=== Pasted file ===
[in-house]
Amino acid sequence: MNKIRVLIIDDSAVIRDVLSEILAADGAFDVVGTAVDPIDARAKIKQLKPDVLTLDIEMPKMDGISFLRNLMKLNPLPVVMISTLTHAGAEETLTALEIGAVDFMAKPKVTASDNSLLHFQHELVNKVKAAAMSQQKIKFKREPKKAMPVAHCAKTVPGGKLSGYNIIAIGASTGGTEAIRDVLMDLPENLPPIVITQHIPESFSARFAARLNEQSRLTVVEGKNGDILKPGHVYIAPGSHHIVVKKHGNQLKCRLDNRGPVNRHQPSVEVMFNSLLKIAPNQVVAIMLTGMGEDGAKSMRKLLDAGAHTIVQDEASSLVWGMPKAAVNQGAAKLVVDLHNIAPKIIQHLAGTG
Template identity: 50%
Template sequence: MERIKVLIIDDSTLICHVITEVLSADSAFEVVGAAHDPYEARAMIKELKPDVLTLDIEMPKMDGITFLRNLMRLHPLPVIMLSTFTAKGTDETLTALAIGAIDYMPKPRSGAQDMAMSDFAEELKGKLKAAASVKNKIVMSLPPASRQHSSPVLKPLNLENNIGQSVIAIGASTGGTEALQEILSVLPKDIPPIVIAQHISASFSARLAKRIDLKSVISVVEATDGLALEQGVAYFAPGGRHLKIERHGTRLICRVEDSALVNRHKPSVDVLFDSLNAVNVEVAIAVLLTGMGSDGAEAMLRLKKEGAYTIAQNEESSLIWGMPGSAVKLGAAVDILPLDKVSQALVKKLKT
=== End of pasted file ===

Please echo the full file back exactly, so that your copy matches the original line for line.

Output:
[in-house]
Amino acid sequence: MNKIRVLIIDDSAVIRDVLSEILAADGAFDVVGTAVDPIDARAKIKQLKPDVLTLDIEMPKMDGISFLRNLMKLNPLPVVMISTLTHAGAEETLTALEIGAVDFMAKPKVTASDNSLLHFQHELVNKVKAAAMSQQKIKFKREPKKAMPVAHCAKTVPGGKLSGYNIIAIGASTGGTEAIRDVLMDLPENLPPIVITQHIPESFSARFAARLNEQSRLTVVEGKNGDILKPGHVYIAPGSHHIVVKKHGNQLKCRLDNRGPVNRHQPSVEVMFNSLLKIAPNQVVAIMLTGMGEDGAKSMRKLLDAGAHTIVQDEASSLVWGMPKAAVNQGAAKLVVDLHNIAPKIIQHLAGTG
Template identity: 50%
Template sequence: MERIKVLIIDDSTLICHVITEVLSADSAFEVVGAAHDPYEARAMIKELKPDVLTLDIEMPKMDGITFLRNLMRLHPLPVIMLSTFTAKGTDETLTALAIGAIDYMPKPRSGAQDMAMSDFAEELKGKLKAAASVKNKIVMSLPPASRQHSSPVLKPLNLENNIGQSVIAIGASTGGTEALQEILSVLPKDIPPIVIAQHISASFSARLAKRIDLKSVISVVEATDGLALEQGVAYFAPGGRHLKIERHGTRLICRVEDSALVNRHKPSVDVLFDSLNAVNVEVAIAVLLTGMGSDGAEAMLRLKKEGAYTIAQNEESSLIWGMPGSAVKLGAAVDILPLDKVSQALVKKLKT